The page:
Sisson has also faced civil suits over bad checks, including from the Lamar County Appraisal District, records show. Sisson’s landlords filed three separate eviction cases against her between 2000 and 2003 alleging nonpayment of rent.
In addition to civil and criminal woes, public records searches on Sisson turned up evidence of possible racism.
In 2010, Sisson’s sister-in-law accused her of making harassing phone calls and using a racial slur, according to Lamar County sheriff’s records. The county clerk hopeful denied making the calls — in which she allegedly called her sister-in-law a “nigger lover” — and no charges were filed.
In 2009, Sisson kicked her daughter out of the house before reporting her as a runaway, sheriff’s records show. A woman who worked for Sisson later told deputies she was angry that her daughter had a black boyfriend.
Those types of allegations may not sit well in a county with a long history of racial strife, including a series of fiery protests in the wake of a black man’s 2008 dragging death. Since then, the area has managed to shed some of its reputation for prejudice, receiving positive media attention when voters in Paris, the county seat, elected a Muslim Pakistani-American as mayor. “The priority here is, do you perform the job that you’re voted in for?” Paris Mayor Dr. AJ Hashmi told the Observer. “As far as I’m concerned, I’m a cardiologist, and everyone’s heart, when you open their chest, is the same color, and I’m very happy that people in my town think that way.”
Hashmi, who first met Towers when he served as elections administrator, said he wasn’t aware of Sisson’s criminal record.
“I think Russ does a very good job at what he does,” Hashmi said. “His private life is none of my business.”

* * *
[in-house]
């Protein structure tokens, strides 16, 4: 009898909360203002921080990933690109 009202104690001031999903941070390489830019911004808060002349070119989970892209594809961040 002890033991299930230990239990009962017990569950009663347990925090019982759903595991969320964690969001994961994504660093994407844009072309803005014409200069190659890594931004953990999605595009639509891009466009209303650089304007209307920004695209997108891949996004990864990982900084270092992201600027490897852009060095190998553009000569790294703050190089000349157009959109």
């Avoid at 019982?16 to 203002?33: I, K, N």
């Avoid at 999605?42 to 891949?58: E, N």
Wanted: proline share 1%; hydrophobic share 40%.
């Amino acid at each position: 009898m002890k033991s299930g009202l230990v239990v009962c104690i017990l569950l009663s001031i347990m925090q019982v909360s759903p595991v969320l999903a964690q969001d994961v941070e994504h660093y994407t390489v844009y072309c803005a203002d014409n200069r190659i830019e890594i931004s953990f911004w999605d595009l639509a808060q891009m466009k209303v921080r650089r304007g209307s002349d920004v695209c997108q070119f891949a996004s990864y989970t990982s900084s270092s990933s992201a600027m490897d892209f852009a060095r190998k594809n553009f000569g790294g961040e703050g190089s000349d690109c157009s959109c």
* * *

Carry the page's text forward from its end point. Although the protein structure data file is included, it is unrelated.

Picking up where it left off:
Lamar County commissioners, all Republicans, knew their elections administrator was gay when they voted unanimously to appoint him clerk, Towers said. Commissioner Keith Mitchell “respectfully” declined to discuss the clerk’s race with the Observer, and other members of the court didn’t immediately respond to messages seeking comment.
Towers said he’s helped bring both the elections and clerk’s offices into the 21st century — from electronic poll books and real-time online voting results to digitizing the exchange of records with attorneys, bondsmen and title companies, and implementing electronic filing of court documents.
Last July, Towers told the Observer he was proud to issue marriage licenses to same-sex couples after the U.S. Supreme Court’s ruling in Obergefell v. Hodges. But he said ensuing media coverage focused on his sexual orientation may have “soured” some Lamar County residents, especially after bodybuilding photos lifted from his Facebook page were published on national LGBT news sites.
“I think there are those who will vote against me simply because I’m gay, and because they don’t know me and don’t know my work ethic,” Towers said. “If you evaluate me based on my job history and performance, it’s pretty clear that I am the right person for the job.”To support journalism like this, donate to the Texas Observer.